HARDT: It's - yeah, absolutely. We don't know what we don't know. So there's - I think there's two lessons there, so first is precautionary approach all the time. Assume you might be doing harm. And make sure that when you're putting a new behavior or new activity into place that you're proving no harm. In many places on land, if you're going to put up a development or you're going to allow industry to come in and do some sort of extractive activity, they have to do an environmental impact assessment. They have to show they're not going to hurt endangered species or disrupt the ecosystem. We don't tend to do that in the ocean. And some of that is because we think the oceans are endless and abundant forever.


HARDT: And now we know that's - right? - that's not the case. So taking a precautionary approach is really important - and correcting some behaviors that we know we've gotten wrong, so things like fishing on spawning aggregation. So again, for fish who release their sperm and eggs into the water, many of them form these annual, amazing, huge sex parties, right? They're like giant orgies.


HARDT: And you'll have tens of thousands if not hundreds of thousands of fish that will all gather in one place at one time. Often, it's, like, a full moon party. They do - they love the full moon. There's reasons for that - but big, full moon sex party. And while they're reproducing, let them reproduce. That's not a good time to come in and fish.


HARDT: It's easy, right? For the fishers, it's easy because they can catch a lot of the biggest fish all at once. But you're tapping into the principal rather than taking the interest, right? You're actually cutting off the ability of that population to make more fish for you for the next year.

ZOMORODI: Do you, like, use these examples and sort of the same sort of sexy language about fish, like, when you're talking to people who are overfishing or people who might be polluting the oceans? Like, are - do you say, like, let's talk about fish sex?

HARDT: (Laughter).

ZOMORODI: Is that your hook?

HARDT: Some - (laughter) I tend to use the fish hook more with folks who I'm trying to get to just care, just genuinely start to awaken to the fact that they are connected to the ocean. I honestly - I can't tell you how many times in bars I've just, like, struck up a conversation with a stranger over this.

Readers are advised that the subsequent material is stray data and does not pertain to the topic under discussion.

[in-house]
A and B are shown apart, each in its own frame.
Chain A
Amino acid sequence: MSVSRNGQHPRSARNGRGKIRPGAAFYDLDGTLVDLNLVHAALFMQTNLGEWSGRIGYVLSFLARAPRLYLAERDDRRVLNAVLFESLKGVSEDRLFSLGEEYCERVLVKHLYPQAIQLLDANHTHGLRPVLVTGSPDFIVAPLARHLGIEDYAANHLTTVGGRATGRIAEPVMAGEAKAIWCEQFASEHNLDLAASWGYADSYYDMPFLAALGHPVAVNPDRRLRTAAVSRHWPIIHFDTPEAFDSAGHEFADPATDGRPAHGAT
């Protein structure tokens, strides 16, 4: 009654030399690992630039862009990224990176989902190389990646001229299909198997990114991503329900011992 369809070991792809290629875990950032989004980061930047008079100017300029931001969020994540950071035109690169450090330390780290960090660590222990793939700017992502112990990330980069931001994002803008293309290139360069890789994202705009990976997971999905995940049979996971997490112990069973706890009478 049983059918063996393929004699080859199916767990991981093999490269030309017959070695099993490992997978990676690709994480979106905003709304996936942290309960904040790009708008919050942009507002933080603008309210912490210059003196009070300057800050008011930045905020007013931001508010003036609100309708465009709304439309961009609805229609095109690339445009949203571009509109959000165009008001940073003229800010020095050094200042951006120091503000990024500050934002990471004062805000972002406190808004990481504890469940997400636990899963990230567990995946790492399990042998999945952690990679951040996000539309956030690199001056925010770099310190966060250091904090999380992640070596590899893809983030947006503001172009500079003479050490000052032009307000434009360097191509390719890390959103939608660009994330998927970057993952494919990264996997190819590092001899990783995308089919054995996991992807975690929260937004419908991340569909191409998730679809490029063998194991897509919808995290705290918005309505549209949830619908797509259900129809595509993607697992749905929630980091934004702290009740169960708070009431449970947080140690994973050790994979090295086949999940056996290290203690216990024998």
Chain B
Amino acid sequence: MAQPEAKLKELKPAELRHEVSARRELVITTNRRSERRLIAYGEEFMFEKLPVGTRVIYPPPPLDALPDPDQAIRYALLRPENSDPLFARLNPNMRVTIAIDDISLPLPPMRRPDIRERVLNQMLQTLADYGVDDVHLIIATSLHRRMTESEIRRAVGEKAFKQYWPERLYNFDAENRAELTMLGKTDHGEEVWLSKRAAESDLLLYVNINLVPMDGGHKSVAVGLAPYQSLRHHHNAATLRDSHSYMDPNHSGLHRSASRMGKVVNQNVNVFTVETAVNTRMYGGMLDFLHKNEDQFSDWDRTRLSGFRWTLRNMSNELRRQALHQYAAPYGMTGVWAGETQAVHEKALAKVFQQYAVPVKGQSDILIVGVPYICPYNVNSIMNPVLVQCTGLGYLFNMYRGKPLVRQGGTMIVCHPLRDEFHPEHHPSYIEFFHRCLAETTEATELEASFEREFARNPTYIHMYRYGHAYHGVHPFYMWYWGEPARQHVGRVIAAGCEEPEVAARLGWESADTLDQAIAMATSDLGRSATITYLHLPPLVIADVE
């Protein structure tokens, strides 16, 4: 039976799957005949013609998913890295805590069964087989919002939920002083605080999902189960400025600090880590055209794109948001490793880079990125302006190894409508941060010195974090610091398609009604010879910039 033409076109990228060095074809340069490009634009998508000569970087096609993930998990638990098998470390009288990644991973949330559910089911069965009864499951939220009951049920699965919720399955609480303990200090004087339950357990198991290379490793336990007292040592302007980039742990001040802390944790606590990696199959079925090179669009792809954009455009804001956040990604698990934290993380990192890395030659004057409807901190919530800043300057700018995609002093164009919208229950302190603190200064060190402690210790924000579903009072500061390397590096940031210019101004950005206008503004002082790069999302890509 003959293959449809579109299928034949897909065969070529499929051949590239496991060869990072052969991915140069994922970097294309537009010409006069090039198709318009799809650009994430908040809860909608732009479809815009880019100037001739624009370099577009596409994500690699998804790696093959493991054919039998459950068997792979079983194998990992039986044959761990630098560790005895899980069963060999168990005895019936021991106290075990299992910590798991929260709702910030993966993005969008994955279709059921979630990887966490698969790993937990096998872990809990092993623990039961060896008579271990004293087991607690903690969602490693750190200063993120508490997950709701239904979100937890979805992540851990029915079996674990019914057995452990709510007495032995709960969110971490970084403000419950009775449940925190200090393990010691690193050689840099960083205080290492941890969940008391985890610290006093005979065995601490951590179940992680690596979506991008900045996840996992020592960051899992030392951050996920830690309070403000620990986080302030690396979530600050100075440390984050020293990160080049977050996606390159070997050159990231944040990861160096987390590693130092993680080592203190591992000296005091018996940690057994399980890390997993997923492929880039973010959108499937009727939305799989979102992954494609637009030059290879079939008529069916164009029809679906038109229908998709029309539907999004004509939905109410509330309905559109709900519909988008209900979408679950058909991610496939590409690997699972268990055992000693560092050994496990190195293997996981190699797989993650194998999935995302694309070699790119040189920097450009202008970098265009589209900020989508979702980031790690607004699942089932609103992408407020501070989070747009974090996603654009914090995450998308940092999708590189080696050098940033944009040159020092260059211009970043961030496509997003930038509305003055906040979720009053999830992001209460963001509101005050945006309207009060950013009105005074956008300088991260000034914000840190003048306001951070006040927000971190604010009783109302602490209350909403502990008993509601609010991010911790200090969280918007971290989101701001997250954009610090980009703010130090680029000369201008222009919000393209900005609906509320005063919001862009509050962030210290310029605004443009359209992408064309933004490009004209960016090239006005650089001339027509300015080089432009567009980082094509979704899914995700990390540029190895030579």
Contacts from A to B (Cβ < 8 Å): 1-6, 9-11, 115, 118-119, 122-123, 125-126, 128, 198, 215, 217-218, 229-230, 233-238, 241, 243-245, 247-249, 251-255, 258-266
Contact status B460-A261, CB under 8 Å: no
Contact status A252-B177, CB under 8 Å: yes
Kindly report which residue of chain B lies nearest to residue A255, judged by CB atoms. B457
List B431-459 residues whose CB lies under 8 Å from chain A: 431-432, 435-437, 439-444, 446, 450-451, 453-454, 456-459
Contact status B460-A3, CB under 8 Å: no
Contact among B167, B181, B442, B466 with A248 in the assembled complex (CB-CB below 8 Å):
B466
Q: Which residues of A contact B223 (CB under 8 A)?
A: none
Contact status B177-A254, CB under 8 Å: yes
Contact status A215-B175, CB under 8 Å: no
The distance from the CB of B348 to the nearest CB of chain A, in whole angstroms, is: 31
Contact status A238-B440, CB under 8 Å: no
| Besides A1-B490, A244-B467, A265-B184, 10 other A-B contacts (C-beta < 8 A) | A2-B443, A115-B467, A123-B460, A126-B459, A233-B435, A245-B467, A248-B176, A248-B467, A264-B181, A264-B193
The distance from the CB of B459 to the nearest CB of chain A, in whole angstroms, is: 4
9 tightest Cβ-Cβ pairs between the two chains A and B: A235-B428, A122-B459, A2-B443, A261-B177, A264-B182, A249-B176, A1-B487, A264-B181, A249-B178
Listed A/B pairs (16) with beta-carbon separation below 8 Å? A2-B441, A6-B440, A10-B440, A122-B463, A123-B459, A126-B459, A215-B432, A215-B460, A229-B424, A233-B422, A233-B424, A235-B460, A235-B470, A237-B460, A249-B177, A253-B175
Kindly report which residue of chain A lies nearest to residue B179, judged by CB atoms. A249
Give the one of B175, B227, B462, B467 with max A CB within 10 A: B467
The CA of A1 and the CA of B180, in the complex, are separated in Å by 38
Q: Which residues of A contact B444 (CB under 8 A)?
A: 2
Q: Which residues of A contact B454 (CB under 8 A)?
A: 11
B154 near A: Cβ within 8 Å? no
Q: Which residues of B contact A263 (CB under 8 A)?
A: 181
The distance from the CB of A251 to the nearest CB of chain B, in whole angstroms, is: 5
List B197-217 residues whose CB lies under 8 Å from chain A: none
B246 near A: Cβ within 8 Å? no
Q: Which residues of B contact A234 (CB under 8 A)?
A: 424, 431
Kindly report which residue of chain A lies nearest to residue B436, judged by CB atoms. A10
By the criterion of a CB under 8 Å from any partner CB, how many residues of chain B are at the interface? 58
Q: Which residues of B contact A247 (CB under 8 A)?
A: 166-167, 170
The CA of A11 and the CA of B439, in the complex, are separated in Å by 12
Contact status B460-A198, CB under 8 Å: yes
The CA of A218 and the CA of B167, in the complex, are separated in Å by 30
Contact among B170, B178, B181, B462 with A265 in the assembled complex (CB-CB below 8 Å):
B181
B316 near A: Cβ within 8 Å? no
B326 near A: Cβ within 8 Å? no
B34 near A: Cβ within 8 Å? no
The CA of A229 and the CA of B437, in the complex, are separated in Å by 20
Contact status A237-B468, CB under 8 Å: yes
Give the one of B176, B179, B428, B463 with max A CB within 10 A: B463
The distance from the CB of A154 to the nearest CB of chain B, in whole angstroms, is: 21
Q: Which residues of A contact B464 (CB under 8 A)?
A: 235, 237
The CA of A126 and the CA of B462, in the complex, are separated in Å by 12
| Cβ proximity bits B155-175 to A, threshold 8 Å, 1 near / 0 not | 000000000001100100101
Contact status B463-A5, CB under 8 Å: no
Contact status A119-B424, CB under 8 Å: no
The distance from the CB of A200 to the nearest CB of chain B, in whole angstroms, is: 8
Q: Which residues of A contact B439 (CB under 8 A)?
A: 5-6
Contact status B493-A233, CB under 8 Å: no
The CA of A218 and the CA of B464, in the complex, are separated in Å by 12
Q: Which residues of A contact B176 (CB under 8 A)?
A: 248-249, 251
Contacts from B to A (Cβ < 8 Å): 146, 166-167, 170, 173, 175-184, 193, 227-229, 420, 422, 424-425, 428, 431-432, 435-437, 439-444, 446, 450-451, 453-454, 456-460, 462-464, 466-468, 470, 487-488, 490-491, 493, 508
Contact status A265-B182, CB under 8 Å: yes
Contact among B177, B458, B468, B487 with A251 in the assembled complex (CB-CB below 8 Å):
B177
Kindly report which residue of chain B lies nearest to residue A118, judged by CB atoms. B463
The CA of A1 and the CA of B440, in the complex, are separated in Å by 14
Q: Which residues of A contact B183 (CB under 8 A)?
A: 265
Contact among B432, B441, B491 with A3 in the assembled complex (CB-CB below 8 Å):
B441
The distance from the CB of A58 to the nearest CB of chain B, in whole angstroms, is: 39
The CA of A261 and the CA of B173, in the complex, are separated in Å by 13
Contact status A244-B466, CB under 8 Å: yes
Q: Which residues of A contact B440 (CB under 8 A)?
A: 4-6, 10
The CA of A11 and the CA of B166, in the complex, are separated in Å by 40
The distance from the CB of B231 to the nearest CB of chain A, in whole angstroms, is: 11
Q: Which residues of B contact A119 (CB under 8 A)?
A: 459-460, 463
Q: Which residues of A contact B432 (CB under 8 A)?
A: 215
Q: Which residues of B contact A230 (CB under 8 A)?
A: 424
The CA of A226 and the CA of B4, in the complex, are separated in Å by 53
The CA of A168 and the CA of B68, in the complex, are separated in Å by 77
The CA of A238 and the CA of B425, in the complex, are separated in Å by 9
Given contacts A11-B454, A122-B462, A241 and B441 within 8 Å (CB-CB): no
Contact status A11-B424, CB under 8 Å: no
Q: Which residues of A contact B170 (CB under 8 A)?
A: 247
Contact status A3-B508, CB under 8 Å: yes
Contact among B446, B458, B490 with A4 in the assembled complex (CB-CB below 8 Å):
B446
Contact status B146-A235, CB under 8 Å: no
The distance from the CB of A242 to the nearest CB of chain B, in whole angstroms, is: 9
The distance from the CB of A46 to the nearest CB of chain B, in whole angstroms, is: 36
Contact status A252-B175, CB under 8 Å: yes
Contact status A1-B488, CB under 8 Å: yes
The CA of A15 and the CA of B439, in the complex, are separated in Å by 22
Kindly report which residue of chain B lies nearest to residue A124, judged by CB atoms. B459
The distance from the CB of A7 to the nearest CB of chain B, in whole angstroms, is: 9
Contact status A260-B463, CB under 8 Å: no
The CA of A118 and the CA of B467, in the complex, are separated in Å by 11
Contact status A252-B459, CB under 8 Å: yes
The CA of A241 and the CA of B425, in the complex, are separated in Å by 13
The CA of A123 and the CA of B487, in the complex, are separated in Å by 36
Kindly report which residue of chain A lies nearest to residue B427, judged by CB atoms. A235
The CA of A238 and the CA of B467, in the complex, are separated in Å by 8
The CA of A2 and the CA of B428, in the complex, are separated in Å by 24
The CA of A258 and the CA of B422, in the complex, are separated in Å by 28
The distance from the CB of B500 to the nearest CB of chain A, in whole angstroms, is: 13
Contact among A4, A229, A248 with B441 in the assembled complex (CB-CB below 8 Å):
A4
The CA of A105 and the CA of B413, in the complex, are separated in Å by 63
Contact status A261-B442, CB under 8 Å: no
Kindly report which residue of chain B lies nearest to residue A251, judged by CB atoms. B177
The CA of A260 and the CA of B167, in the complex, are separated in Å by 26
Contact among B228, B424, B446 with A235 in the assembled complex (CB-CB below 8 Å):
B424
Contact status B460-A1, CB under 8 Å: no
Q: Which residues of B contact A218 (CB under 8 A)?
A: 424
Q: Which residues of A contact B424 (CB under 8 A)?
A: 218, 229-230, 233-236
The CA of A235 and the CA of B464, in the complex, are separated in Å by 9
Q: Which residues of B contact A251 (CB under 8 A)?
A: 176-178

ZOMORODI: (Laughter).

HARDT: Right? Like, it's just - it's great bar trivia. And you can...

ZOMORODI: You talk dirty to them.

HARDT: You talk dirty. You can slide in a little fun factoid, and then you're off and running. And the thing that's so marvelous is that, honestly, people are curious about nature. They are curious about oceans. And whether they admit it or not, they are curious about sex. Everybody is.

ZOMORODI: (Laughter).


HARDT: And so it's a wonderful bridge to start to engage in those conversations without being heavy-handed, without it all being doom and gloom either - right? - 'cause just talking about collapse of our ocean ecosystems and the threat of climate change, that doesn't inspire. It doesn't bring solutions to the table.


HARDT: Right? Instead it's like, wow, isn't this crazy? And what can we do to make sure that lobsters keep getting to have their kinky sex lives?


ZOMORODI: Marah Hardt is a marine biologist and the author of the book "Sex In The Sea." She's also a conservationist at the nonprofit Future of Fish. You can see her full talk at

I think it's time to update Cole Porter's lyrics.

HARDT: (Laughter) I know. I was just thinking about that. I was like, you know, clownfish in there anemones do it. But they all start males and then transition to females, and there's this crazy psychological warfare where they control one another's maturation, and they're stuck in prepubescent limbo. You know, it doesn't really work. But...



ZOMORODI: On the show today, a Love Letter to the Ocean. I'm Manoush Zomorodi, and you're listening to the TED Radio Hour from NPR.